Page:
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-   -   Worried about my dogs "heaving" - Answered by Dr. Van Lienden (http://www.pets.ca/forum/showthread.php?t=61836)

themaadjuggalo March 31st, 2009 04:48 AM

Worried about my dogs "heaving" - Answered by Dr. Van Lienden
 
I have a Mini Dachshund :dog: She is about 1 yr old.:pawprint: She often wakes up out of a sleep going through "heaves". These "heaves" subside after a couple of minutes. She usually sleeps next to us under a blanket. It this simply the dog overheating itself or could this be a bigger problem? :shrug:

bambee March 31st, 2009 06:25 AM

It could be that your dog is feeling suffocated under the blanket. Or it can possibly be some inflammation in the trachea which needs to be seen by the vet. How long has this been going on?

Melinda March 31st, 2009 07:33 AM

it could be something stuck in her throat, do you feed raw? when her throat relaxes at night it could bother her

themaadjuggalo March 31st, 2009 04:09 PM

She has had this Issue ever since we got her as a puppy. And, sometimes she is not even under blanket just curled up next to us.:dog:

jillybeanrocks March 31st, 2009 04:57 PM

It could also be reverse sneezing.

petdr April 28th, 2009 02:25 PM

A few possibilities come to mind: gastro-intestinal distress such as esophageal reflux, food allergies/intolerance, excessive gas production.

But, there could also be what is called "reverse sneeze" by older veterinarians (and I would never consider my youthful self older...), and this is a stimulation of the nerve bundle in the retropharyngeal or back area of the throat. The dog stars to snort and suck air at the same time, not dangerous but pretty dramatic. No treatment for this manifestation.

And possibly your little dog is becoming overheated and is simply panting off the excessive heat. Or your dachshund is waking herself from a dream. Or post-nasal drip....

Now what to do? If this isn't demonstrated in my office then I tell my clients that for the next week give the pet a light snack before bedtime: if no improvement, then a child's antihistamine at bedtime (usually Benadryl--in this case no more than 12mg) for a week. If no improvement, then it is time for a veterinary visit.

Dr. Van Lienden

Dr. Raymond Van Lienden DVM
The Animal Clinic of Clifton
12702 Chapel Road, Clifton
Virginia, U.S.A. 20124
703-802-0490

themaadjuggalo April 28th, 2009 04:29 PM

[QUOTE=petdr;774052]
And possibly your little dog is becoming overheated and is simply panting off the excessive heat. Or your dachshund is waking herself from a dream. Or post-nasal drip....


:lightbulb: Thank you Dr. Van Lienden, I have been suspicious of this as it is not something which happens on a regular basis. If I notice it becoming more frequent I will certainly try your suggestions. :thumbs up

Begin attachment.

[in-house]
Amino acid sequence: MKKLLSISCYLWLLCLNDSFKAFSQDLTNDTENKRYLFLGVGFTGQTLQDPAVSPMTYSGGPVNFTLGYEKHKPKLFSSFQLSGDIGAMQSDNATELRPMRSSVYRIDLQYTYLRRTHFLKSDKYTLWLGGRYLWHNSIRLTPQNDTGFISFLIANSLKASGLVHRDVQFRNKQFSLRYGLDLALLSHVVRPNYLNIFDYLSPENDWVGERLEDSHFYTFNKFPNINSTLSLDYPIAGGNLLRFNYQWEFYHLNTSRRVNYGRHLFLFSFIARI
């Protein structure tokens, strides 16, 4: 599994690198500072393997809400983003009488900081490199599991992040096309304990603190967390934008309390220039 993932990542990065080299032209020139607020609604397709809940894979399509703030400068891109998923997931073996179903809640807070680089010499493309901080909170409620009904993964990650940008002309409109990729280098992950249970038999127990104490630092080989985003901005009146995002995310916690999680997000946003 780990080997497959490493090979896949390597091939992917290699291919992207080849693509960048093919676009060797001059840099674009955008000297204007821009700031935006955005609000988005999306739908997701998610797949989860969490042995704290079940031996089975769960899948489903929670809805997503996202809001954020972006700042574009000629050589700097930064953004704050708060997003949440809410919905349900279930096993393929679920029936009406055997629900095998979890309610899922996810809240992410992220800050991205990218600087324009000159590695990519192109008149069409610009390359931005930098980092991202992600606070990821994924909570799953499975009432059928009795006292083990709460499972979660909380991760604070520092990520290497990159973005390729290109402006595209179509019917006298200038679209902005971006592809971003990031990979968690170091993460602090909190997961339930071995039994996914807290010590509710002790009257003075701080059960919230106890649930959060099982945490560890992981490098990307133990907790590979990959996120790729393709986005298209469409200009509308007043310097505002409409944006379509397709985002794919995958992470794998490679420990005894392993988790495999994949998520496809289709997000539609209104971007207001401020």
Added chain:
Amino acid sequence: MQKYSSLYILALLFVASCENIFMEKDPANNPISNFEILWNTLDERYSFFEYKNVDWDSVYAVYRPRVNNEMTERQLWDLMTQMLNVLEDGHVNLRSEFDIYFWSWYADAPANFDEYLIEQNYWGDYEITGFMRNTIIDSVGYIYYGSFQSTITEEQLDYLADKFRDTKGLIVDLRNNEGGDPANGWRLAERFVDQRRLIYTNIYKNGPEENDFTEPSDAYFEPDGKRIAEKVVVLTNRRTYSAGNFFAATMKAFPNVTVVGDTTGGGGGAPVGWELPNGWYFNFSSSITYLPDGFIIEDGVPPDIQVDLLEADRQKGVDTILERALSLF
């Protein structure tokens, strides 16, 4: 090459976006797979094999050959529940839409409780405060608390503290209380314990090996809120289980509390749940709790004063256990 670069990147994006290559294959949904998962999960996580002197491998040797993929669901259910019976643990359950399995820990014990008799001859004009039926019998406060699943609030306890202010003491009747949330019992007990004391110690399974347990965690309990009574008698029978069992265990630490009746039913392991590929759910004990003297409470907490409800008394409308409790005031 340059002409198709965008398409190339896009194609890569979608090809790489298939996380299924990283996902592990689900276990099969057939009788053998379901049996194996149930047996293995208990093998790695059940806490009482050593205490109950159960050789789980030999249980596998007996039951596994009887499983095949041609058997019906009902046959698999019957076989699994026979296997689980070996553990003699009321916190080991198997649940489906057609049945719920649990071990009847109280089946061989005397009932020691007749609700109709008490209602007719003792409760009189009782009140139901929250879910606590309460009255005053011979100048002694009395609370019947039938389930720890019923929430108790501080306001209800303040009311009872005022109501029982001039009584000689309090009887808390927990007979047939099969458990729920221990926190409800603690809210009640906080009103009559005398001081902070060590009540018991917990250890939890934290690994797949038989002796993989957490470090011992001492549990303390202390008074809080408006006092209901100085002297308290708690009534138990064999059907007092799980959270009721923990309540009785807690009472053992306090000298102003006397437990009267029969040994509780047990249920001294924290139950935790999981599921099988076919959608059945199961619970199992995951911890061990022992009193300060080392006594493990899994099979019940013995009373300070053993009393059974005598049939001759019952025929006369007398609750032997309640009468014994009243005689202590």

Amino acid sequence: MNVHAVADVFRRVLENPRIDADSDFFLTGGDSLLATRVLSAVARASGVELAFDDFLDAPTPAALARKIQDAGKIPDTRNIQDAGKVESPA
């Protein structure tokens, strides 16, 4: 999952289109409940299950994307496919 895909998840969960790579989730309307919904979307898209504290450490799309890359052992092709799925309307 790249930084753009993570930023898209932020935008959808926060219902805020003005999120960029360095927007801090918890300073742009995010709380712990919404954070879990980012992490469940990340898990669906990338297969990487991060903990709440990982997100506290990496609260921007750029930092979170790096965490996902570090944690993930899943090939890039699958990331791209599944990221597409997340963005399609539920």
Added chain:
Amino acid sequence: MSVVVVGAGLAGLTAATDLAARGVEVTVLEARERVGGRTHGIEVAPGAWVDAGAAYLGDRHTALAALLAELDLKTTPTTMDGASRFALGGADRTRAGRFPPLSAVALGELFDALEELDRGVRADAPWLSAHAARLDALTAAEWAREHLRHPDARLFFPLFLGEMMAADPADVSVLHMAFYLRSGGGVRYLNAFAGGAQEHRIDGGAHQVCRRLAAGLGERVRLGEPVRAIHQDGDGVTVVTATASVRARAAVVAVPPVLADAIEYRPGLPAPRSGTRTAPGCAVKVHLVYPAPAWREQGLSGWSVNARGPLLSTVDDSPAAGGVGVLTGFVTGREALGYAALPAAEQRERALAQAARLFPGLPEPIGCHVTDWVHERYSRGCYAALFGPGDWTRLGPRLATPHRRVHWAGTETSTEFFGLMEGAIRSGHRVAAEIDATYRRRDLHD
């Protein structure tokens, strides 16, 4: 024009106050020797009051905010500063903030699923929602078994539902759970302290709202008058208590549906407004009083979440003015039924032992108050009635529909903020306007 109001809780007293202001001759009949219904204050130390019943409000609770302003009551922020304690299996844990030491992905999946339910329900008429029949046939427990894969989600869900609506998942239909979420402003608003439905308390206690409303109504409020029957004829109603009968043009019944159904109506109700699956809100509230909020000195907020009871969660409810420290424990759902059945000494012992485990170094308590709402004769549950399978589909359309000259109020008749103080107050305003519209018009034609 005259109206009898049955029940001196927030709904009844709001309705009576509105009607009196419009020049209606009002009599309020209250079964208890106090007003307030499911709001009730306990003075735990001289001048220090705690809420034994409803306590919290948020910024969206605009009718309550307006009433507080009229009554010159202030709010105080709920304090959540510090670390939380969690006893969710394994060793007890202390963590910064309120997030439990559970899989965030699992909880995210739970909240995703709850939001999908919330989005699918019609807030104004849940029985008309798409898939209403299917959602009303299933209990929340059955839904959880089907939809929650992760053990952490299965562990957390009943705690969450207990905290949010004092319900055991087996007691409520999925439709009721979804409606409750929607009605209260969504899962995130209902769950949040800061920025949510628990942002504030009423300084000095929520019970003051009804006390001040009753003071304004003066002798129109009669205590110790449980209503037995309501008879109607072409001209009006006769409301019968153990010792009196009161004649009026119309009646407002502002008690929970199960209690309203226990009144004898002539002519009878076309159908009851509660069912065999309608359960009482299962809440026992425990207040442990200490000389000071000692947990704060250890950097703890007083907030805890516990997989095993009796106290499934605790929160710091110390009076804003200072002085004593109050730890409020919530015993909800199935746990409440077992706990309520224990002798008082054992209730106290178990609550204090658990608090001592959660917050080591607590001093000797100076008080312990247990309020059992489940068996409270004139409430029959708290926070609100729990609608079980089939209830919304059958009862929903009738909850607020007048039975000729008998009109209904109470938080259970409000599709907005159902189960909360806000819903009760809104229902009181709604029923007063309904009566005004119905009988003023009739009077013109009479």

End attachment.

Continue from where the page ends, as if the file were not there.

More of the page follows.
Snuggles1968 March 27th, 2013 08:33 PM

A Similar Symptom
 
With regards to a heaving dog, we've got our 10yr old Jack Russel / Blue Heeler mix who we adopted from our local humane society when he was 7yrs old. He's been pretty much quite healthy except when he gets overheated and has seizures so we make sure he doesn't get too hot and ensure he's always got plenty of water at hand.

Cree our dog has developed some issues we're not sure if it needs vet attention or not so thought I'd ask here to see if it's something to be concerned about.

Cree developed a fairly large lump just in front of the top of his thigh/side that is solid/firm and unable to manipulate it. With this lump, he started coughing and dry heaving all the time. He's still really active and eats/drinks well. He just coughs/heaves constantly. Once in a while he'll vomit a bit of clear/foamy liquid I assume is stomach fluids but never contains food or anything else. He doesn't chew anything - no bones, chewies, socks, shoes, or toys so figure it can't possibly be a blockage. But what has me concerned is when I press on the lump, he goes into a coughing/heaving fit and will bring up that fluid I mentioned.

Should we be concerned? We love him very much and want to make sure we take him to the vet if it's something that needs attention.






[QUOTE=petdr;774052]A few possibilities come to mind: gastro-intestinal distress such as esophageal reflux, food allergies/intolerance, excessive gas production.

But, there could also be what is called "reverse sneeze" by older veterinarians (and I would never consider my youthful self older...), and this is a stimulation of the nerve bundle in the retropharyngeal or back area of the throat. The dog stars to snort and suck air at the same time, not dangerous but pretty dramatic. No treatment for this manifestation.

Dr. Van Lienden

Dr. Raymond Van Lienden DVM
The Animal Clinic of Clifton
12702 Chapel Road, Clifton
Virginia, U.S.A. 20124
703-802-0490[/QUOTE]

hazelrunpack March 28th, 2013 12:24 PM

Snuggles1968, I would very definitely take Cree in for a vet check. There are a lot of things it could be, some very serious. Especially given that pressing on it causes the heaving and vomiting, it's important that you make that appointment earlier, rather than later.

Best wishes for Cree! :goodvibes: Please keep us posted on what the vet says!

MaxaLisa March 30th, 2013 05:31 PM

Definitely agree with HRP.


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